- A History of LGBT Russia – Part I - 13 May, 2014
- The Ugandan Aid Question - 26 February, 2014
- Hatred and Homosexuality – Queer Men in the First World War - 22 February, 2014
Normally, before writing a psog*, I would apologise for any offence that might be caused by my assertions and go to great lengths to ensure that my comments are taken in the most constructive way possible. Not so today. The ineptitude with which I have had to contend over the past few weeks has been staggering and has led me to some fairly conclusive models that it will take some efforts to expunge.
I refer, naturally, to estate agents.
I will not name names – not through fear of offence, but because the sheer quantities involved would derail the entire article – but my experiences this week has been so staggering and so beyond any logic that I have lost any wish and desire to try and see the positive in estate agents.
Now, I can’t understand the difficulties involved in the cut-throat, high-octane, sitting-behind-a-desk-in-a-soulless-office, cufflink-wearing, hair-slicking, bling-appropriating world of estate agency, though I did do quite well in my Year 6 SATs tests and so I believe I understand the intellectual demand at stake. To show that I am not unnecessarily one-sided in this approach, I have created a handy break-down for the average estate agent:
- Show client around property
- Take client’s money
I’ve oversimplified, I admit, as the devil is in the detail – as I discovered, much to my sadness. In order to show a client around a property, you first need to be sure that you can get into the abode in question. Cue problems number one and two: not having a copy of the key or having a wrong copy of the key. I can only speak for myself when I say that it generally helps to sell a property if the client can see inside it, though I might just be being too demanding. Perhaps the more frustrating of these two events is when you turn up to a viewing only to watch an (admittedly very persistent) unsuccessful attempt to get the right key for the lock. This happened twice. In the grand scheme of estate agency, you would think that ‘checking the key works’ is somewhere towards the top of the list of priorities, but no.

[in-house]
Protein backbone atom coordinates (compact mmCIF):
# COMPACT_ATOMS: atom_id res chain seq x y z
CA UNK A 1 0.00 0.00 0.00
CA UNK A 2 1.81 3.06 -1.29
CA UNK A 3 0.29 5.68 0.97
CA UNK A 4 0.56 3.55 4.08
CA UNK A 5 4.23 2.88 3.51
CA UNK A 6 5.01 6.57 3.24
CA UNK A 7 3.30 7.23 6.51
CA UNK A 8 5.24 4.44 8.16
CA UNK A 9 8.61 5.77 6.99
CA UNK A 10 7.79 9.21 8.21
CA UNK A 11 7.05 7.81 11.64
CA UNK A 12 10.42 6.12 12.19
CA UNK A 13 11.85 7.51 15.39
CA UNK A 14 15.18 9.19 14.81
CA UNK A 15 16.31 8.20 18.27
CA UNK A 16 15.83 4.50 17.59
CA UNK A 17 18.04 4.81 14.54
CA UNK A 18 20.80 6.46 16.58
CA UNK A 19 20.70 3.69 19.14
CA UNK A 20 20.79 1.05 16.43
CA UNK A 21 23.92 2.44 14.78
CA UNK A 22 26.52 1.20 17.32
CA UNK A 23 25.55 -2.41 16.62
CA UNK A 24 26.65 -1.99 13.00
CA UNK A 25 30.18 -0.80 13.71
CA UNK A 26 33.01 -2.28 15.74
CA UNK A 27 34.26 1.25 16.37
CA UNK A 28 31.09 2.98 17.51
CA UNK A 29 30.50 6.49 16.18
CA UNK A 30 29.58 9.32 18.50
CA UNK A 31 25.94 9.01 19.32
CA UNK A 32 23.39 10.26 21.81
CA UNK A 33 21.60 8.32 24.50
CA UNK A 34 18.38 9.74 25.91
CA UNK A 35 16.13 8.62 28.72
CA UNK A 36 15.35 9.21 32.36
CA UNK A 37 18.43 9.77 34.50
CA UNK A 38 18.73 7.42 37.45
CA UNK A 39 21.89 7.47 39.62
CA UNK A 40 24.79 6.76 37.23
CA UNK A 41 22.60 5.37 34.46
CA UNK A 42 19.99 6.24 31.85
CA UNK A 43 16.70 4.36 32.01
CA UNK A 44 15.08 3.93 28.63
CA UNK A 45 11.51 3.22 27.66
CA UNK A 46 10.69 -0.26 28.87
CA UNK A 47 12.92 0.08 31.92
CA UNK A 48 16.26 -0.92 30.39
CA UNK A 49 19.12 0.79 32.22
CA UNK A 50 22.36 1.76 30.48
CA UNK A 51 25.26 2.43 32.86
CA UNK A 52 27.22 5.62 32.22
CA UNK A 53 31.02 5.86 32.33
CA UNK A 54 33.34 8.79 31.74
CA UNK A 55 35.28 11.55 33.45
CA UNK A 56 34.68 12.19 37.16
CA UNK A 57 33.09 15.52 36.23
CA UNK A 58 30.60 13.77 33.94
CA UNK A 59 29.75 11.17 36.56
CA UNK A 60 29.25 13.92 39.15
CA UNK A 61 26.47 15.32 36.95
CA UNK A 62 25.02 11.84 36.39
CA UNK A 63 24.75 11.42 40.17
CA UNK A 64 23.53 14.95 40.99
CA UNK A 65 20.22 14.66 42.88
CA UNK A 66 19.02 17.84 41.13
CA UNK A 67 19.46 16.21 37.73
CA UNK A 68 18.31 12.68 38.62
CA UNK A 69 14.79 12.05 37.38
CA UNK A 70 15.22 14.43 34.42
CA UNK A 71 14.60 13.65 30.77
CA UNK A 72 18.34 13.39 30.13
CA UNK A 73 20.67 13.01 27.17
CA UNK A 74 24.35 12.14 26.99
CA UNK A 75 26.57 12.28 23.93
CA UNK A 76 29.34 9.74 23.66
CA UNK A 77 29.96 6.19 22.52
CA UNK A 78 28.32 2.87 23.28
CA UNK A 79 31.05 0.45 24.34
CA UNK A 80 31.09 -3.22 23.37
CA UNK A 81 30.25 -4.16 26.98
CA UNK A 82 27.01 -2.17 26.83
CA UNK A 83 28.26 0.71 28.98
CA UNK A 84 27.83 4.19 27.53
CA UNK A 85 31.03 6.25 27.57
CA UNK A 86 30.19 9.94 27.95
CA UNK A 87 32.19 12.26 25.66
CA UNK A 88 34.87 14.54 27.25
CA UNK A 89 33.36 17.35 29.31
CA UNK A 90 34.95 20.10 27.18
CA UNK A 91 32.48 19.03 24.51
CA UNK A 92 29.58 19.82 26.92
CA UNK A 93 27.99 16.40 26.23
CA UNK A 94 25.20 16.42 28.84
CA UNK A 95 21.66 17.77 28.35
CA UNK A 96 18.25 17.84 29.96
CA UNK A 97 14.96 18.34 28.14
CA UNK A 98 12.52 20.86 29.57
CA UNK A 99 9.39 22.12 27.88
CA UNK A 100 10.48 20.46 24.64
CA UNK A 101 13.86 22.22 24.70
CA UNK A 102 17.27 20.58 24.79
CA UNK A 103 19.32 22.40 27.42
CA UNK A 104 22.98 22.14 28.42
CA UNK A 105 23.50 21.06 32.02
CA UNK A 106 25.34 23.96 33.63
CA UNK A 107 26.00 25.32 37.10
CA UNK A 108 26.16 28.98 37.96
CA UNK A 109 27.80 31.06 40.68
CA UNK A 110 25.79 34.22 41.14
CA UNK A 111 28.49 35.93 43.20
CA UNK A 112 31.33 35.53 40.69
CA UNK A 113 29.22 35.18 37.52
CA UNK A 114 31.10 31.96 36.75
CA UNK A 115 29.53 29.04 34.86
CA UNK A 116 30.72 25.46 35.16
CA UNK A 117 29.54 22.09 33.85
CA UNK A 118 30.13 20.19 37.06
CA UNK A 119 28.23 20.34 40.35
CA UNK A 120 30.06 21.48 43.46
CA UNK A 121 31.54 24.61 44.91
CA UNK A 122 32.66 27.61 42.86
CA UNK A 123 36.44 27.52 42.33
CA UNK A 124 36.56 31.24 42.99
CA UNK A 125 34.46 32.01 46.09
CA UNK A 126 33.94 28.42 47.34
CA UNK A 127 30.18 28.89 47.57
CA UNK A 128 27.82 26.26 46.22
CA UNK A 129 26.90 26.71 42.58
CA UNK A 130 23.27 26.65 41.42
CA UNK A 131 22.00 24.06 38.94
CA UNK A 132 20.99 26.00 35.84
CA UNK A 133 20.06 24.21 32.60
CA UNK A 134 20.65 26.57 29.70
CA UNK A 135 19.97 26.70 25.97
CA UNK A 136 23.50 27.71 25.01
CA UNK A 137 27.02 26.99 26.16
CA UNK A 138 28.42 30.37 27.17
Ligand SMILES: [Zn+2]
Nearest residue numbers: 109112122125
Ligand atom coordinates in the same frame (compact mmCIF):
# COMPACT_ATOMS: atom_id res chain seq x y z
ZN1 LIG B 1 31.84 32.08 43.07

Instead, my future flatmate and I are treated to a show so fruitless we might as well have been watching someone trying to nail jelly to a wall. In one of the instances, what followed this was a slow-mo (and infinitely more bumbling) version of a Benny Hill chase scene, where we were traipsed hither and thither over a development for which the letters had exclusive rights in order to try and find the porter’s cabin. Alas our patience and good humour was lost on a insistently locked door and woman who seemed to be wishing to be quickly devoured by her own necktie.
When we finally got into a property and it was of a reasonable standard, we were keen to settle things straight away and limit ourselves to a bare minimum of idiocy by signing with a single agent. This, too, was wishful thinking it later transpired. It turns out that the flat we had looked around wasn’t available. (I don’t mean that we had been beaten to it, I mean instead that they didn’t have licence to list the property.) Why go through all of the trouble of inventing various ‘features’ in a property if the sodding thing isn’t even available? Perhaps verbal diarrhoea comes naturally after a while.
I appreciate that my ranting and raving does nothing to ameliorate the situation, nor does it add anything to the corpus of human achievement that cannot be negated by the mere existence of increasing numbers of estate agents. However I do hope my writings might be of some slim comfort to those suffering with ineptitude themselves. To those thinking of dealing with estate agents themselves and not too sure what to expect, be wary. To those in need of a schadenfreudian lift to their day just think of the thousands across the nation currently being shown “cosy”, “quirky” tiny flats, with language attempting to mask the worrying pong from the cupboard as “character”. To these people I wish good fortune and happiness. To any estate agents, I wish – well, I won’t even finish that thought…
*A damning account, the opposite of a panegyric. Think the polar opposite of the average autobiography.